Chronic stress can differentially change the neuronal structure and function in the brain, leading to anxiety disorders and other neuropsychiatric illness. Now, researchers may understand how the different change occurs.
The team from Nanchang University published their findings on November 30 in Stress and Brain.
“Prolonged stress alters the structure and function of only some neurons in the amygdala, a brain region essential for emotional regulation and a critical mediator of stress response and fear learning,” said corresponding author Jun-Yu Zhang, associate research fellow in the Laboratory of Fear and Anxiety Disorders in Nanchang University’s Institute of Life Science. “In this study, we attempted to find the possible mechanism of the differential regulation by prolonged stress.”
Neurons in the amygdala connect to other areas of the brain, including the prefrontal cortex—involved in cognitive control, the nucleus accumbens—helps translate motivation to action, and the hippocampus—which plays a significant role in memory and learning. In previous research, Zhang and her team found that the neurons connected to the hippocampus were drastically altered under chronic stress, while those linked to the prefrontal cortex and the nucleus accumbens remained unchanged.
“These neurons integrated in different neural circuits are in almost the same microenvironment, but triggered different reactions to stress, suggesting that the remodeling shows obvious circuit selectivity in the process of chronic stressed-induced excessive anxiety, but the regulatory mechanism has remained unclear,” Zhang said.
“Considering the critical role of glucocorticoids—a stress hormone—in the modulation of brain structure and function by stress, we hypothesized that the glucocorticoid receptor may be a potential mediator of the differential regulation of neurons by chronic stress.”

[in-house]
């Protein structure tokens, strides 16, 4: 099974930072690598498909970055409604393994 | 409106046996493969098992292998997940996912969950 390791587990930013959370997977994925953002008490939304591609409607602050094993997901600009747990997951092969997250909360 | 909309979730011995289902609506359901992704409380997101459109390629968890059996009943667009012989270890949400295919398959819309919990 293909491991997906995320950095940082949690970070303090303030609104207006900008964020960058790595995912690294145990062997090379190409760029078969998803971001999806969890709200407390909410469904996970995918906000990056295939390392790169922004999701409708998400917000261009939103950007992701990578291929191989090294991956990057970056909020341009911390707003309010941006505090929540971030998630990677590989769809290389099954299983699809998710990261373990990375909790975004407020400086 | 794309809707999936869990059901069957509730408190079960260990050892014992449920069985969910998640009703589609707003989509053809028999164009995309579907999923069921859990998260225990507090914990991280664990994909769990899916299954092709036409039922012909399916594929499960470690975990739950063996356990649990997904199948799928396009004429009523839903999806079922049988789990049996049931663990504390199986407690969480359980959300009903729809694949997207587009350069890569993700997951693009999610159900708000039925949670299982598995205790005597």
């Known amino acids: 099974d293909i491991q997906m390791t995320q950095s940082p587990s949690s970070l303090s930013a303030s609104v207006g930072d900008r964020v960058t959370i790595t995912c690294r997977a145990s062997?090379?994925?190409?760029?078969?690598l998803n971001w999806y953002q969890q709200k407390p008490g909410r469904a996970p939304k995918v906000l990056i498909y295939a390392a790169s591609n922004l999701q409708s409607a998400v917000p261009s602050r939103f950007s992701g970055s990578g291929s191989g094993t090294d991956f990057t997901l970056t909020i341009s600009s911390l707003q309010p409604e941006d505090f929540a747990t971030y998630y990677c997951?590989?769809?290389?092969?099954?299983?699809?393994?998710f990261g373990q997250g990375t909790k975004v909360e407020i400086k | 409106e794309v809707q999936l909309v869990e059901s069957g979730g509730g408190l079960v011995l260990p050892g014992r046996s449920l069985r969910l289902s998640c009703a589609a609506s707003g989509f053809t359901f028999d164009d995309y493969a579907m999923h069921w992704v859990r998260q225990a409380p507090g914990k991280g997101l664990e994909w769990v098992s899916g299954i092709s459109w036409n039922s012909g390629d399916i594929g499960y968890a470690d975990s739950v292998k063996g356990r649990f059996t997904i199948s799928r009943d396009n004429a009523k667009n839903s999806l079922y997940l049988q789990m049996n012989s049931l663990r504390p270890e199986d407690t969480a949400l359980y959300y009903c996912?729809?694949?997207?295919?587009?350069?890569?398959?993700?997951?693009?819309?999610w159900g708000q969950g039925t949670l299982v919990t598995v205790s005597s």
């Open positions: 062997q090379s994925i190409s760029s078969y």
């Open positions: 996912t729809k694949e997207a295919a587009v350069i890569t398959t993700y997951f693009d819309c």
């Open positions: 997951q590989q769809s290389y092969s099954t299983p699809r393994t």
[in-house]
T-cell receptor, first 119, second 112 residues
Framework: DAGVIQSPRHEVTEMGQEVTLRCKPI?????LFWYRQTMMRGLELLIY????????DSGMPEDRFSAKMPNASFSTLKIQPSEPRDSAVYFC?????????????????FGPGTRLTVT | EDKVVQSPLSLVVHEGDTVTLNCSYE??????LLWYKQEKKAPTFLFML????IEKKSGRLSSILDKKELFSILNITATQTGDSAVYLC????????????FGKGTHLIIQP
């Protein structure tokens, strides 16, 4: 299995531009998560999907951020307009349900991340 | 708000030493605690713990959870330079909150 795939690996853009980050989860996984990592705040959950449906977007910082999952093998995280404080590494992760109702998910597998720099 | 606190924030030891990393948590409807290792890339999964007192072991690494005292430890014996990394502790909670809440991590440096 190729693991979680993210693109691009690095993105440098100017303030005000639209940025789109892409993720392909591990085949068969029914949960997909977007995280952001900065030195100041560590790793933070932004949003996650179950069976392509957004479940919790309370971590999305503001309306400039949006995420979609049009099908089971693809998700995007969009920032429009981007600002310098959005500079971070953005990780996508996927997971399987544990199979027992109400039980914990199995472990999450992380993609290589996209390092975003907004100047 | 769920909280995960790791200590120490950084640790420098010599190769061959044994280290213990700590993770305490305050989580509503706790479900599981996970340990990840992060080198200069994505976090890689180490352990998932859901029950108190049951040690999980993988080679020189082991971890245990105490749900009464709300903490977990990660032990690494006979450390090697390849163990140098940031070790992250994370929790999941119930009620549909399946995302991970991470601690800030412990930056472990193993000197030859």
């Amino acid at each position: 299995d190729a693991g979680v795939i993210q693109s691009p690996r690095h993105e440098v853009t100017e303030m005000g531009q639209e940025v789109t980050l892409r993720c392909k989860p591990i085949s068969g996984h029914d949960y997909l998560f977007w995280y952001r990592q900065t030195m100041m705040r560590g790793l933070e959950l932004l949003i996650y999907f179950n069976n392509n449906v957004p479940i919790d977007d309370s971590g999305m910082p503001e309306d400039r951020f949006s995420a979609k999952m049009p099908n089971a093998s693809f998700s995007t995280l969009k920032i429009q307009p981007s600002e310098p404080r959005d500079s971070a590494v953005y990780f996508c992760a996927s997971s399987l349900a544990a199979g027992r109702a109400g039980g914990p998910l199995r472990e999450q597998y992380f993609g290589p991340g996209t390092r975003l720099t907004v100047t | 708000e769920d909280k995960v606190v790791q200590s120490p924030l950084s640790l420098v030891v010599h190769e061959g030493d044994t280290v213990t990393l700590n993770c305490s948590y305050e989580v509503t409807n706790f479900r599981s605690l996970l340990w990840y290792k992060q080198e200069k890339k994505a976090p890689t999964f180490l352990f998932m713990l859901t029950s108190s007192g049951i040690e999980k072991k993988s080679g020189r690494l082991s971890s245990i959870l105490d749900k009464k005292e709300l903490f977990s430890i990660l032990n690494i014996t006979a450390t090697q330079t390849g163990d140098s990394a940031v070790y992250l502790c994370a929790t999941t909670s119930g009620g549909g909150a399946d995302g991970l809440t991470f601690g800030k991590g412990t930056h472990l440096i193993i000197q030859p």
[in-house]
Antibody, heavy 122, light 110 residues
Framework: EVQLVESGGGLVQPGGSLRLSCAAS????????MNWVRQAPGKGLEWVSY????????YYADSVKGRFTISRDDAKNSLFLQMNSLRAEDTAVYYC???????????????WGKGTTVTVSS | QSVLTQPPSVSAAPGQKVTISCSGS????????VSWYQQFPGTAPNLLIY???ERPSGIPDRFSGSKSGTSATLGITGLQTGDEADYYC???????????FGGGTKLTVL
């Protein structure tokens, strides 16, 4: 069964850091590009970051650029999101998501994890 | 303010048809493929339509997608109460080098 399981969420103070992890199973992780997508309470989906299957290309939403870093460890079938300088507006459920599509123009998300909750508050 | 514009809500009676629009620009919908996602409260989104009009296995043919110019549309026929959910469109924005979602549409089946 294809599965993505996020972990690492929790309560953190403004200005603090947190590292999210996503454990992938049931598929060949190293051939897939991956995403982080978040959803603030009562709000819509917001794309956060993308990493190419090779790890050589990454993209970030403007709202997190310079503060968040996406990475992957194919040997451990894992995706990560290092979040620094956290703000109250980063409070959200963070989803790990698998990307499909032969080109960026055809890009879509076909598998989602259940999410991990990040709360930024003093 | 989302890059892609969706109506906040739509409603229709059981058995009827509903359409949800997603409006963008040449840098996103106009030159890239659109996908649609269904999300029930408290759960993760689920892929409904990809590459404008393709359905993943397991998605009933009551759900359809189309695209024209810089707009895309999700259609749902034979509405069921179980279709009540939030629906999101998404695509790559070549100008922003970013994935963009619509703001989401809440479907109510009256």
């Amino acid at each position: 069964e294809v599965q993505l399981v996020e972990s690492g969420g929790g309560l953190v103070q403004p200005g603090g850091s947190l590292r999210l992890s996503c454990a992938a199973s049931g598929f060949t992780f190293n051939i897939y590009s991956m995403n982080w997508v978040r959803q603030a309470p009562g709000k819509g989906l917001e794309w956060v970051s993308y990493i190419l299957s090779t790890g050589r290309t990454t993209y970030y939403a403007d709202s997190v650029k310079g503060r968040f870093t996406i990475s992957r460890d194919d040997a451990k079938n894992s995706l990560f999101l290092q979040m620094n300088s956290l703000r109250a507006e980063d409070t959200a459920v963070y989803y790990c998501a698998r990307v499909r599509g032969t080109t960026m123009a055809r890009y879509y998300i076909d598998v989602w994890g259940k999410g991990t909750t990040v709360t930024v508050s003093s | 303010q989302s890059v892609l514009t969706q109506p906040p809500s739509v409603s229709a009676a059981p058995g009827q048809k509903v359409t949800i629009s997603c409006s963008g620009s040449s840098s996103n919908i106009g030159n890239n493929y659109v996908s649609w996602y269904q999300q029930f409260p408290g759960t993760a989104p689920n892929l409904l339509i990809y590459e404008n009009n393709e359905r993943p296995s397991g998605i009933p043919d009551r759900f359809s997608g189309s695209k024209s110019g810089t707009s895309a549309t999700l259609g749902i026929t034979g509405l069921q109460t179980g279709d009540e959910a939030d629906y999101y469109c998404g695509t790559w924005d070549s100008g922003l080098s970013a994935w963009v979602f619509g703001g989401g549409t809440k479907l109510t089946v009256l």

To test this hypothesis, the researchers exposed four groups of mice to various durations of restraint stress. Over 10 days, the mice were put into a tube fitted to their bodies for either two hours one time, two hours on three days, two hours every day or not at all. The researchers examined how the levels of corticosterone (glucocorticoid in mice) and the expression of the glucocorticoid receptors changed throughout.
They found that the levels of stress hormones in the mice increased continuously with restraint time, and they increased remarkably in the mice stressed every day. They also found that the chronic stress did not affect the number of neurons expressing glucocorticoid receptors, but that it did appear to significantly increase the intensity of expression only for neurons projecting into the hippocampus.
“Our results indicate that the increase of stress hormone concentration in mice, caused by prolonged stress, only selectively causes the significantly up-regulated expression and excessive response of the receptor in the amygdala to hippocampus neurons, suggesting that this signaling pathway may play an essential role in the differential regulation of neurons in the amygdala,” Zhang said.
“This study advances our understanding of the effects of chronic stress on the functional circuit of the amygdala, but the specific mechanisms of how the receptor mediates the differential regulation of chronic stress are not yet clear.”
The researchers plan to further study the glucocorticoid receptor mechanism by examining the effects of chronic stress when the receptor is blocked or removed.
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